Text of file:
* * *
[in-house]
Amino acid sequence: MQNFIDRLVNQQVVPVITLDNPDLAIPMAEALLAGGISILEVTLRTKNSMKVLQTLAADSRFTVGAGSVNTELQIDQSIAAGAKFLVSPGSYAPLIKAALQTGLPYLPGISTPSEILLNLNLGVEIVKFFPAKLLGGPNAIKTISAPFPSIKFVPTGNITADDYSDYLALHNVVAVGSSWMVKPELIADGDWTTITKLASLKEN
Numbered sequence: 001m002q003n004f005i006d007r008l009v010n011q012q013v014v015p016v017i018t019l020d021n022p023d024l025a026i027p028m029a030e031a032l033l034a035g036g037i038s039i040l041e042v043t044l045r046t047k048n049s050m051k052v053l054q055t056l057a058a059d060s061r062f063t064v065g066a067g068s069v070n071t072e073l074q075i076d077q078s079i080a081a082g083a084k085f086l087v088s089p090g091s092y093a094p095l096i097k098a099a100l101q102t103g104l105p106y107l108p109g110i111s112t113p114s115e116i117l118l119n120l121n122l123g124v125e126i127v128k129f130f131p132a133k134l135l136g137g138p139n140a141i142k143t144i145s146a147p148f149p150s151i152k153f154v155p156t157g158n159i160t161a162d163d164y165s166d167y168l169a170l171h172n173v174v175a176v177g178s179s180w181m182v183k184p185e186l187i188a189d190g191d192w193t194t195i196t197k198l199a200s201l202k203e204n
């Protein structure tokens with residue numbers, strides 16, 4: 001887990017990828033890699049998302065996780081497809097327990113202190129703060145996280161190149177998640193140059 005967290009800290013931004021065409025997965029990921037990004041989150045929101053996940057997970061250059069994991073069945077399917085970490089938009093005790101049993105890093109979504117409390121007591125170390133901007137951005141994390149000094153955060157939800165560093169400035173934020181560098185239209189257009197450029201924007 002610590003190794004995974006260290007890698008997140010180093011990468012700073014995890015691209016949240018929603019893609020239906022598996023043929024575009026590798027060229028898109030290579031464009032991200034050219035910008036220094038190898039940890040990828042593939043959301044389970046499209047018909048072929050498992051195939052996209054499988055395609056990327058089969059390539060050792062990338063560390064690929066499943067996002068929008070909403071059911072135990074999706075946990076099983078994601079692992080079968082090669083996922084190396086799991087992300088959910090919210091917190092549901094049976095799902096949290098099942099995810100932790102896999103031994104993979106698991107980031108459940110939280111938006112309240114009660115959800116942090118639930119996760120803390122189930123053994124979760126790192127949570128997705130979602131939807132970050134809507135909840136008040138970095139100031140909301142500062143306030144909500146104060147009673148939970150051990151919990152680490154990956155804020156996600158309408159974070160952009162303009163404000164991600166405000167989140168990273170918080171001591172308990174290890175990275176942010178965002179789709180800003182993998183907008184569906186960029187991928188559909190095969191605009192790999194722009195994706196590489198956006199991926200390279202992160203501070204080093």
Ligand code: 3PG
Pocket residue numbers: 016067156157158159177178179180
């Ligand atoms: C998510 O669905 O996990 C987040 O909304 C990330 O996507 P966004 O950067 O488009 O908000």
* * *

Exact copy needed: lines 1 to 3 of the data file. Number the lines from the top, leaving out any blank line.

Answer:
[in-house]
Amino acid sequence: MQNFIDRLVNQQVVPVITLDNPDLAIPMAEALLAGGISILEVTLRTKNSMKVLQTLAADSRFTVGAGSVNTELQIDQSIAAGAKFLVSPGSYAPLIKAALQTGLPYLPGISTPSEILLNLNLGVEIVKFFPAKLLGGPNAIKTISAPFPSIKFVPTGNITADDYSDYLALHNVVAVGSSWMVKPELIADGDWTTITKLASLKEN
Numbered sequence: 001m002q003n004f005i006d007r008l009v010n011q012q013v014v015p016v017i018t019l020d021n022p023d024l025a026i027p028m029a030e031a032l033l034a035g036g037i038s039i040l041e042v043t044l045r046t047k048n049s050m051k052v053l054q055t056l057a058a059d060s061r062f063t064v065g066a067g068s069v070n071t072e073l074q075i076d077q078s079i080a081a082g083a084k085f086l087v088s089p090g091s092y093a094p095l096i097k098a099a100l101q102t103g104l105p106y107l108p109g110i111s112t113p114s115e116i117l118l119n120l121n122l123g124v125e126i127v128k129f130f131p132a133k134l135l136g137g138p139n140a141i142k143t144i145s146a147p148f149p150s151i152k153f154v155p156t157g158n159i160t161a162d163d164y165s166d167y168l169a170l171h172n173v174v175a176v177g178s179s180w181m182v183k184p185e186l187i188a189d190g191d192w193t194t195i196t197k198l199a200s201l202k203e204n